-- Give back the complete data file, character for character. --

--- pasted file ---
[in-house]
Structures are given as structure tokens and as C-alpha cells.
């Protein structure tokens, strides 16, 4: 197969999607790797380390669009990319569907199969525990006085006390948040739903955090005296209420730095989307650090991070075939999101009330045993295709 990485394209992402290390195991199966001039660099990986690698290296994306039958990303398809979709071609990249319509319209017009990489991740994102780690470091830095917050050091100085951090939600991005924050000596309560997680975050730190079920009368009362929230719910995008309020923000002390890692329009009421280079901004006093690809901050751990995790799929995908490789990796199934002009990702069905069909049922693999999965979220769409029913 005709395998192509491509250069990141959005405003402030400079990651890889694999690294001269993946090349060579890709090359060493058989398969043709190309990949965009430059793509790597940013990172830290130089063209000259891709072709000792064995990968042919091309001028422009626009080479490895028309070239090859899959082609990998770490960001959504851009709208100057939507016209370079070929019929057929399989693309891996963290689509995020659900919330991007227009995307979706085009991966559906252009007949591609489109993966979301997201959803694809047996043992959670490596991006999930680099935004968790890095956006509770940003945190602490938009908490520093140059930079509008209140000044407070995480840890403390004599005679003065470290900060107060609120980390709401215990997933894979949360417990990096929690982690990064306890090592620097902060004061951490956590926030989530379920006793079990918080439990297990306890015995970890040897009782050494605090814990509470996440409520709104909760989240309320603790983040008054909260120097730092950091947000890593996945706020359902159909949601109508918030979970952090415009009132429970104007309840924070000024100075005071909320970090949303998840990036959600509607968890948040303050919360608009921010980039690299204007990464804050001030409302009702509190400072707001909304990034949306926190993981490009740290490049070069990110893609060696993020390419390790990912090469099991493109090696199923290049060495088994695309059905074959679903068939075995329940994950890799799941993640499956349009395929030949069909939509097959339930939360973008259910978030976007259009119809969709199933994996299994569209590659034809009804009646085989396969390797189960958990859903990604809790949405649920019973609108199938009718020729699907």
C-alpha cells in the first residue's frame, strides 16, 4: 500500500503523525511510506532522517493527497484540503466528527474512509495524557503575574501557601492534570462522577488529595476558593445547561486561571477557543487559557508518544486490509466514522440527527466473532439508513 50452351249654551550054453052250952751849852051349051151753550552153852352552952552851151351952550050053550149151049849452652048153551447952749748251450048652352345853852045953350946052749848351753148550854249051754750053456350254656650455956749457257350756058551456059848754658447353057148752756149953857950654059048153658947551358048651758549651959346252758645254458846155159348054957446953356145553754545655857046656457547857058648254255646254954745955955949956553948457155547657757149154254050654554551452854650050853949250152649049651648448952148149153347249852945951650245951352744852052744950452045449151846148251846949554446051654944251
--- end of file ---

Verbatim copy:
[in-house]
Structures are given as structure tokens and as C-alpha cells.
């Protein structure tokens, strides 16, 4: 197969999607790797380390669009990319569907199969525990006085006390948040739903955090005296209420730095989307650090991070075939999101009330045993295709 990485394209992402290390195991199966001039660099990986690698290296994306039958990303398809979709071609990249319509319209017009990489991740994102780690470091830095917050050091100085951090939600991005924050000596309560997680975050730190079920009368009362929230719910995008309020923000002390890692329009009421280079901004006093690809901050751990995790799929995908490789990796199934002009990702069905069909049922693999999965979220769409029913 005709395998192509491509250069990141959005405003402030400079990651890889694999690294001269993946090349060579890709090359060493058989398969043709190309990949965009430059793509790597940013990172830290130089063209000259891709072709000792064995990968042919091309001028422009626009080479490895028309070239090859899959082609990998770490960001959504851009709208100057939507016209370079070929019929057929399989693309891996963290689509995020659900919330991007227009995307979706085009991966559906252009007949591609489109993966979301997201959803694809047996043992959670490596991006999930680099935004968790890095956006509770940003945190602490938009908490520093140059930079509008209140000044407070995480840890403390004599005679003065470290900060107060609120980390709401215990997933894979949360417990990096929690982690990064306890090592620097902060004061951490956590926030989530379920006793079990918080439990297990306890015995970890040897009782050494605090814990509470996440409520709104909760989240309320603790983040008054909260120097730092950091947000890593996945706020359902159909949601109508918030979970952090415009009132429970104007309840924070000024100075005071909320970090949303998840990036959600509607968890948040303050919360608009921010980039690299204007990464804050001030409302009702509190400072707001909304990034949306926190993981490009740290490049070069990110893609060696993020390419390790990912090469099991493109090696199923290049060495088994695309059905074959679903068939075995329940994950890799799941993640499956349009395929030949069909939509097959339930939360973008259910978030976007259009119809969709199933994996299994569209590659034809009804009646085989396969390797189960958990859903990604809790949405649920019973609108199938009718020729699907």
C-alpha cells in the first residue's frame, strides 16, 4: 500500500503523525511510506532522517493527497484540503466528527474512509495524557503575574501557601492534570462522577488529595476558593445547561486561571477557543487559557508518544486490509466514522440527527466473532439508513 50452351249654551550054453052250952751849852051349051151753550552153852352552952552851151351952550050053550149151049849452652048153551447952749748251450048652352345853852045953350946052749848351753148550854249051754750053456350254656650455956749457257350756058551456059848754658447353057148752756149953857950654059048153658947551358048651758549651959346252758645254458846155159348054957446953356145553754545655857046656457547857058648254255646254954745955955949956553948457155547657757149154254050654554551452854650050853949250152649049651648448952148149153347249852945951650245951352744852052744950452045449151846148251846949554446051654944251